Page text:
Plagiarism:

Plagiarism involves the appropriation of another person's ideas, interpretation, words (even a few), data, statements, illustration or creative work and their presentation as one's own. An offense against plagiarism constitutes a serious academic misconduct.  Although offenses against academic integrity can manifest themselves in various ways, the most common forms of offenses are plagiarism and cheating. Plagiarism goes beyond the copying of an entire article. It may include, but is not limited to: copying a section of an article or a chapter from a book, reproduction of an art work, illustration, cartoon, photograph and the like and passing them off as one's own. Copying from the Internet is no less serious an offense than copying from a book or printed article, even when the material is not copyrighted.

Plagiarism also includes borrowing ideas and phrases from, or paraphrasing, someone else's work, published or unpublished, without acknowledging and documenting the source. Acknowledging and documenting the source of an idea or phrase, at the point where it is utilized, is necessary even when the idea or phrase is taken from a speech or conversation with another person.

Park University 2009-2010 Graduate Catalog Page 31-32


Carefully review the "Academic Honesty" section of the Graduate Catalog (pages 31 - 33 in the 2009-2010 Catalog).

In this course, a first violation will incur a minimum sanction of a zero (0) on the affected assignment(s). A second violation by the same student will result in a minimum sanction of a final grade of 'F' for the course.

In the event of serious or egregious violations, more severe sanctions may be recommended to the Dean of the School of Business.

Attendance Policy:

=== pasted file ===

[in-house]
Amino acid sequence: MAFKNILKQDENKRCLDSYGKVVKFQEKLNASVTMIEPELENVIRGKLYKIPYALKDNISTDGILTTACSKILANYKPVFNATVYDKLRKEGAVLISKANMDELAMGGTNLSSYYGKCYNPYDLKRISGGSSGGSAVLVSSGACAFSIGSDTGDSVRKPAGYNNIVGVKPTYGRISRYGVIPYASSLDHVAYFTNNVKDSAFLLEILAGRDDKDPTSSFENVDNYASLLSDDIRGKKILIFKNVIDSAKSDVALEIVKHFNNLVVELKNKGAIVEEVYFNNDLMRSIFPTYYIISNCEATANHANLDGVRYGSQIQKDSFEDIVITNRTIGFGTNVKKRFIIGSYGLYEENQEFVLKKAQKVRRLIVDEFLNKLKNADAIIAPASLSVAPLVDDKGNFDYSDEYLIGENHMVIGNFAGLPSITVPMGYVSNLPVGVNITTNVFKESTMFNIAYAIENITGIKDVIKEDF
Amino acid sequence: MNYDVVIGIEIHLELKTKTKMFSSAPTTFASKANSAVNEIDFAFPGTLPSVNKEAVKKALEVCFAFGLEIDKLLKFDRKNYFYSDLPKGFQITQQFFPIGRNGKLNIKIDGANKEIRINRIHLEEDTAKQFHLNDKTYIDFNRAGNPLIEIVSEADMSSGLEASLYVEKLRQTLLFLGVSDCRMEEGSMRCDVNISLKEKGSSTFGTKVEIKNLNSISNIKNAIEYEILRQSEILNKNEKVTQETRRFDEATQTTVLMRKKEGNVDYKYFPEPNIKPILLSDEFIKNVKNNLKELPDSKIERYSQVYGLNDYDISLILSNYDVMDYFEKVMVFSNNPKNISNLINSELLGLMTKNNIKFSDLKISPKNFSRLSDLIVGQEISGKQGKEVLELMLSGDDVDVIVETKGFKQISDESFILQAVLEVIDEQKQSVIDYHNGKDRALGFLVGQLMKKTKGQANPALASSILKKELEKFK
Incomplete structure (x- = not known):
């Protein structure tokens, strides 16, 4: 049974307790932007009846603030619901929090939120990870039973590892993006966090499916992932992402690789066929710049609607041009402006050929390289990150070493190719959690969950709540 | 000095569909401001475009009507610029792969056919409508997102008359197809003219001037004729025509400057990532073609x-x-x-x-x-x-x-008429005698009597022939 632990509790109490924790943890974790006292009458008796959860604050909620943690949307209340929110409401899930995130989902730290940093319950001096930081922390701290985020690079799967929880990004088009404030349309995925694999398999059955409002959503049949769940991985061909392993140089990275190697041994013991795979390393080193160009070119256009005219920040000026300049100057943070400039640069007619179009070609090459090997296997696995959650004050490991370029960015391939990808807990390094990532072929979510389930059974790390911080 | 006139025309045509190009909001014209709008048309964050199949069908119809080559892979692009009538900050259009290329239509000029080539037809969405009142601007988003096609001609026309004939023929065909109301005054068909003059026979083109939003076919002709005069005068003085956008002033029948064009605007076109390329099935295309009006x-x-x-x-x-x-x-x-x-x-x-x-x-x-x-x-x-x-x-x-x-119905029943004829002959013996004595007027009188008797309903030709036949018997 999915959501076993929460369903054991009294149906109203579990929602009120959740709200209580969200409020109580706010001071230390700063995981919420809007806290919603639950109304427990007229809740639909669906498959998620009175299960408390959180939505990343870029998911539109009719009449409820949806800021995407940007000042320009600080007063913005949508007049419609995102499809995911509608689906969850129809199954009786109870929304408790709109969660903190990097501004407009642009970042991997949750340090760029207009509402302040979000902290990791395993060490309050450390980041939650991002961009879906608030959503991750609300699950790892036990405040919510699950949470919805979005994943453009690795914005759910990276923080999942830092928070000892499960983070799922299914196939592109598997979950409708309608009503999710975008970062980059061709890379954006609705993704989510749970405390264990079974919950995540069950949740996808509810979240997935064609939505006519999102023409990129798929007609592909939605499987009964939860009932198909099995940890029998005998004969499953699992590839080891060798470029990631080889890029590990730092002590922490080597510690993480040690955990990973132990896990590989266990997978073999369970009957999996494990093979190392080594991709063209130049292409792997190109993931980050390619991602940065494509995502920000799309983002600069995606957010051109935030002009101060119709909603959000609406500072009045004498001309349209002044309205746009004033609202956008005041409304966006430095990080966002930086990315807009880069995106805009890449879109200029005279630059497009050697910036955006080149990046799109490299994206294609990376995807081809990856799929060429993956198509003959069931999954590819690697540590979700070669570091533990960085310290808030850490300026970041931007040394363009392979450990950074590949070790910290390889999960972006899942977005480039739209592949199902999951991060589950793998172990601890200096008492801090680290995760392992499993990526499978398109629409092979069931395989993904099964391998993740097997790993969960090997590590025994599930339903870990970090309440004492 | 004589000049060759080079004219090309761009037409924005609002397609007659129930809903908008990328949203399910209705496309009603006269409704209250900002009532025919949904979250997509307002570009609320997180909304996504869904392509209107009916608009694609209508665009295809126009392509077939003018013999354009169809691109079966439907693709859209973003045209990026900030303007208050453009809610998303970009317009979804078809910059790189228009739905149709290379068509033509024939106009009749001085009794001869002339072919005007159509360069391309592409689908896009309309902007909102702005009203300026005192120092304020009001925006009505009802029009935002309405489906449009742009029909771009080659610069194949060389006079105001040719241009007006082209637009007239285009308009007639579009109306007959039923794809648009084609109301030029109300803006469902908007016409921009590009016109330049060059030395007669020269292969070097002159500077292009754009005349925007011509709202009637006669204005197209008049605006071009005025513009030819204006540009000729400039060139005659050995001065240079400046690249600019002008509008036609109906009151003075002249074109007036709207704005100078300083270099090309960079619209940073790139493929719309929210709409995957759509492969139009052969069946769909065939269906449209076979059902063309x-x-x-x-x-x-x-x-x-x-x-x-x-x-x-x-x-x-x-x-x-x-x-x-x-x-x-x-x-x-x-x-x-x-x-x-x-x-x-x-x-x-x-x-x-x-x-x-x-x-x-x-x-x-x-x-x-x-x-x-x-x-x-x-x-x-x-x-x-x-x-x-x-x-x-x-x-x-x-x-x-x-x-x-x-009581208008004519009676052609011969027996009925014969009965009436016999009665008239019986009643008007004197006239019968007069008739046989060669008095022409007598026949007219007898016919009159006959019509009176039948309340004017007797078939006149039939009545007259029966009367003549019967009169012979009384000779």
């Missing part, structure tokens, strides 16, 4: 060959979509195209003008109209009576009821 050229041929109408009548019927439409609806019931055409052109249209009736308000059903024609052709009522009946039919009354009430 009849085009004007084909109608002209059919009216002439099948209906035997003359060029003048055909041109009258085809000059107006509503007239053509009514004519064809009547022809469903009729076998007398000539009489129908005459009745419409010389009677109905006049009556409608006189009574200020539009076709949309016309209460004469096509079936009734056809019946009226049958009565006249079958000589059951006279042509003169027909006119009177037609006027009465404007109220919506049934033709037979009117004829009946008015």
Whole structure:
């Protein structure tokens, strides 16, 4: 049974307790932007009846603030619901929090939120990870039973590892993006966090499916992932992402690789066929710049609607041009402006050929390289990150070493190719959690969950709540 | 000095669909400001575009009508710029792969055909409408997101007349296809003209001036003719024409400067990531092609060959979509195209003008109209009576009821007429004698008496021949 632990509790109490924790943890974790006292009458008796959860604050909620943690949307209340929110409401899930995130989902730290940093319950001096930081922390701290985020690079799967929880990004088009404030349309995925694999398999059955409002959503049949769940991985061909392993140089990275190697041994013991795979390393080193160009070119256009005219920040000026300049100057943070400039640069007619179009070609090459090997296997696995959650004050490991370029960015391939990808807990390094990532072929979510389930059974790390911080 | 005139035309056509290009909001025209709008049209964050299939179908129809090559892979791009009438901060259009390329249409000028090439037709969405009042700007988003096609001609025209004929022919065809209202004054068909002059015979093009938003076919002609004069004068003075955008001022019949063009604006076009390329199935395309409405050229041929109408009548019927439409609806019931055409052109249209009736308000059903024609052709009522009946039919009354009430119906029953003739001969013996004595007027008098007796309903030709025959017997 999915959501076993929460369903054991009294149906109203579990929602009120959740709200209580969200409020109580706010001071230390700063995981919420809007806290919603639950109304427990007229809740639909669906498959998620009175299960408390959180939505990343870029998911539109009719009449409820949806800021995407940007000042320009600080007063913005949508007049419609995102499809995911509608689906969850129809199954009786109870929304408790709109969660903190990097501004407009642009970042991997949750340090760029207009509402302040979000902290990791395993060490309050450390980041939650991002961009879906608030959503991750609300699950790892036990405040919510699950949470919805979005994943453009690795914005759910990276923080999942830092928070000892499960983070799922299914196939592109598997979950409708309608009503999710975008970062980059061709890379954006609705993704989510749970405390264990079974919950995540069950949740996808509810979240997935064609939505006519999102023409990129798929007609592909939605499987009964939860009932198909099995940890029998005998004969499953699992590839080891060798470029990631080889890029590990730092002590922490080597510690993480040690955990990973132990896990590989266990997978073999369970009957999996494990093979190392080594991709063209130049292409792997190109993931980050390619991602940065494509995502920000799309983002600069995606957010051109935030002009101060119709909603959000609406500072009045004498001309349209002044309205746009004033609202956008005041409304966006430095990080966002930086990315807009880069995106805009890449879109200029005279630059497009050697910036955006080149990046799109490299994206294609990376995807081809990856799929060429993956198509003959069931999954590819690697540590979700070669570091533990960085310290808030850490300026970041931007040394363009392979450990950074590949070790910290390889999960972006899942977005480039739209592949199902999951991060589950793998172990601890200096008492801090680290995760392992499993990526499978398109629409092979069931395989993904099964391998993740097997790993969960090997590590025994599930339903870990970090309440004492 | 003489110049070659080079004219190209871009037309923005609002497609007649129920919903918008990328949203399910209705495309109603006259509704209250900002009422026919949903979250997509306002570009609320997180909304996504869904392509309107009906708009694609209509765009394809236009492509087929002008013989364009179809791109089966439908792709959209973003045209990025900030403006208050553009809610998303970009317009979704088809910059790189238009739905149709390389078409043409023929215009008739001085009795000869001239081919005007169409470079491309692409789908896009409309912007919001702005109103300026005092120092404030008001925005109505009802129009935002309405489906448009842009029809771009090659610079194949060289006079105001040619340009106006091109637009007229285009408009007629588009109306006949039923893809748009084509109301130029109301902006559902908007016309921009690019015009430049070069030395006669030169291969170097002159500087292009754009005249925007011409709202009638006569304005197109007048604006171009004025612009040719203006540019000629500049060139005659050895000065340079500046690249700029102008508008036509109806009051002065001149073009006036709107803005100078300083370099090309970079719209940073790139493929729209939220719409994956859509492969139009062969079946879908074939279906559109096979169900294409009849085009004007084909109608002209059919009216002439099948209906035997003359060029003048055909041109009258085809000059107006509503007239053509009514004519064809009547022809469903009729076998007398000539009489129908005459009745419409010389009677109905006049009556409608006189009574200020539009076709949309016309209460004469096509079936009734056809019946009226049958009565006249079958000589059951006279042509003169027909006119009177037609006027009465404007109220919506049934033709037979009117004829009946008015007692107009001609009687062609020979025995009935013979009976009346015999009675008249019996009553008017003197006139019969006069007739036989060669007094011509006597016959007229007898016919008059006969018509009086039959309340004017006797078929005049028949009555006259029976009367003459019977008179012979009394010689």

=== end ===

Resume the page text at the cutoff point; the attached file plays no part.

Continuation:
Professors are required to maintain attendance records and report absences. Excused absences can be granted by the instructor, for medical reasons, school sponsored activities, and employment-related demands, including temporary duty. Students are responsible for any missed work. Absences for two successive weeks, without approved excuse, will be reported to the Director of the individual graduate program, or to the Executive Director for the Graduate School, for appropriate action. Students with such a record of absences, without an approved excuse, may be administratively withdrawn from the class and notified that an "F" will be recorded, unless the student initiates official withdrawal from the class(es).Park University 2009-2010 Graduate Catalog Page 35

Disability Guidelines:
Park University is committed to meeting the needs of all students that meet the criteria for special assistance. These guidelines are designed to supply directions to students concerning the information necessary to accomplish this goal. It is Park University's policy to comply fully with federal and state law, including Section 504 of the Rehabilitation Act of 1973 and the Americans with Disabilities Act of 1990, regarding students with disabilities. In the case of any inconsistency between these guidelines and federal and/or state law, the provisions of the law will apply. Additional information concerning Park University's policies and procedures related to disability can be found on the Park University web page: http://www.park.edu/disability .

Copyright:

This material is protected by copyright and can not be reused without author permission.

Last Updated:9/30/2009 1:16:00 PM